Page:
Things to do in Birtley, Northumberland
The picturesque village of Birtley has its own quiet pub, village hall, medieval church and Post Office. Three miles away is Wark with a general store, a butchers and a choice of public houses and hotel restaurants. A bus service takes the children to school in Wark, Bellingham and Haydon Bridge.
In an area of Outstanding Natural Beauty and historical interest, the village is situated approximately eight miles from Hadrian's wall and the Roman forts and is conveniently placed for walks across the fell.
Birtley is a charming sleepy village standing on a ridge over the North Tyne valley. The place name is derived from the old-English word 'beorht' meaning 'bright clearing'. Around the village perimeters are several sights indicating that the area has been settled since the iron age and Birtley Hall is built upon the site of the old castle. Servicing the spiritual needs of the village is the 12th century church of St Giles.
Take the A68 north from Hexham and you will come across the turning for Birtley. It's a small road and one that is easily missed as it lies at the bottom of a dip between two 'blind summits.'
The way is narrow, usually muddy and likely to have escapee livestock waiting to leap out in front of the unwary traveller. The scenery is wild and on a cold winters day, bleak, the fields dotted with sheep wearing dirty grey fleeces, at night their eyes eerily reflect the light from car headlights. The road winds and climbs through windswept fields, fenced only by post and wire, at times reminding one of the 'ribbon of darkness' from the poem 'The Highwayman' by Alfred Noyes.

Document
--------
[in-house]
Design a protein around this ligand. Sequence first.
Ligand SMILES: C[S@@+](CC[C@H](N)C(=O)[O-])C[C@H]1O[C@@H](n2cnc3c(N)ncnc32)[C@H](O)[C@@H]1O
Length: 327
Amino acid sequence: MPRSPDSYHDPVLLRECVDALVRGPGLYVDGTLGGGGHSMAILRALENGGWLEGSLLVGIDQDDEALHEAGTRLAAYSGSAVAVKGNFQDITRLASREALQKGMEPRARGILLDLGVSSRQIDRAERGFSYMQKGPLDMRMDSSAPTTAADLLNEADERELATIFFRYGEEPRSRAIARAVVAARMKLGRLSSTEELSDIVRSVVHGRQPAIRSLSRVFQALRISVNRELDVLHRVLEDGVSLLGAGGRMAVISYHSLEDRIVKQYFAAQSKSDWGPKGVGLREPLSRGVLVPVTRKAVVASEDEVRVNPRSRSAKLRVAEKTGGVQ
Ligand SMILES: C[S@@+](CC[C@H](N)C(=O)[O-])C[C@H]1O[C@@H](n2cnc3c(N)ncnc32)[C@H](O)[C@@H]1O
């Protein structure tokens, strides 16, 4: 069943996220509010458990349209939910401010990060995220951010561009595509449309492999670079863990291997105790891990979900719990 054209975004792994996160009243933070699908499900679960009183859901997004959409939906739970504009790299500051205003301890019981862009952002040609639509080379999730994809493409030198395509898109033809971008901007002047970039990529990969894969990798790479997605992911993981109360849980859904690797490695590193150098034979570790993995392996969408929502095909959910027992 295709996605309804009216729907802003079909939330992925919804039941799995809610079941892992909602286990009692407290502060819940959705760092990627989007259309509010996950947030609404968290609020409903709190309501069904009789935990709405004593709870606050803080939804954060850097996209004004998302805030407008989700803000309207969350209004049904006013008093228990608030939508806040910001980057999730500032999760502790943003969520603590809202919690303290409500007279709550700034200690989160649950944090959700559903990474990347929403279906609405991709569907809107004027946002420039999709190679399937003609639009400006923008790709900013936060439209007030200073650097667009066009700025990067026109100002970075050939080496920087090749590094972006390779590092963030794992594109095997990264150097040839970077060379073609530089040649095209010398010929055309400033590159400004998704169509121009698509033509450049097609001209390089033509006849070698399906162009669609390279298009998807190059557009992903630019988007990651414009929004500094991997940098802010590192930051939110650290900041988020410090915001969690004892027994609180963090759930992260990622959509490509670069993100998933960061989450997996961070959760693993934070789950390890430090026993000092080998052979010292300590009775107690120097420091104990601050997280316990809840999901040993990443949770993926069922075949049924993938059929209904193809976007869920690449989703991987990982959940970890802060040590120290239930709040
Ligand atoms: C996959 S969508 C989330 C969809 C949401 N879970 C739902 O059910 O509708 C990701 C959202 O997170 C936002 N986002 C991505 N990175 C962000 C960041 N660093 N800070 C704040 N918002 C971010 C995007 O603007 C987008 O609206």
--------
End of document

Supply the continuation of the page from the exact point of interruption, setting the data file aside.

After dropping down, the road turns to the right, then climbs again taking you through a tunnel of trees, perhaps the remnants of ancient woodland. Once passed the trees the road and verges widen, and throughout the spring and summer these verges are home to a host of wild flowers, from primroses to orchids. Its here that on the left-hand side of the road the views across the valley open up.
There can be few places in Britain to rival this vista, when on a warm summers evening you rest by a gateway to drink in the scene. Farms nestle here and there, sending columns of smoke from their chimneys straight up into the still evening air, mirrored by Eggers chimneys smoking in the distance.
Across the valley rise the hills beyond Hexham. It is not to far now to the picturesque village of Birtley with its pub, church and stone built houses; the road continues on and winds down the hillside to Wark.
Description by Christine McEwen